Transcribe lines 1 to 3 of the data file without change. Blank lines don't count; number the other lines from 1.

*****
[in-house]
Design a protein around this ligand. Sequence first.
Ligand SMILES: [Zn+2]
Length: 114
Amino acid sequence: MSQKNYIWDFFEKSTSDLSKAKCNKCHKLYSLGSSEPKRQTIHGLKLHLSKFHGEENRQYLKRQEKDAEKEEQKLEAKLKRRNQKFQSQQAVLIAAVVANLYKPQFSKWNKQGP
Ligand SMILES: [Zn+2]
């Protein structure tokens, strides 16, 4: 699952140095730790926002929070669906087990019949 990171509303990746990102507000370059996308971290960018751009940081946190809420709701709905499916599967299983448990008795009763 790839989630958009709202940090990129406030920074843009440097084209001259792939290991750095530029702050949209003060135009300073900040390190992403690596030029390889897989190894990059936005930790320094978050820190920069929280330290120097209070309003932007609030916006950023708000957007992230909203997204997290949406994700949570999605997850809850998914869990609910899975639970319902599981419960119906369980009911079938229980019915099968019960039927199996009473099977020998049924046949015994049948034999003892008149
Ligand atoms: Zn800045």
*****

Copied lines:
[in-house]
Design a protein around this ligand. Sequence first.
Ligand SMILES: [Zn+2]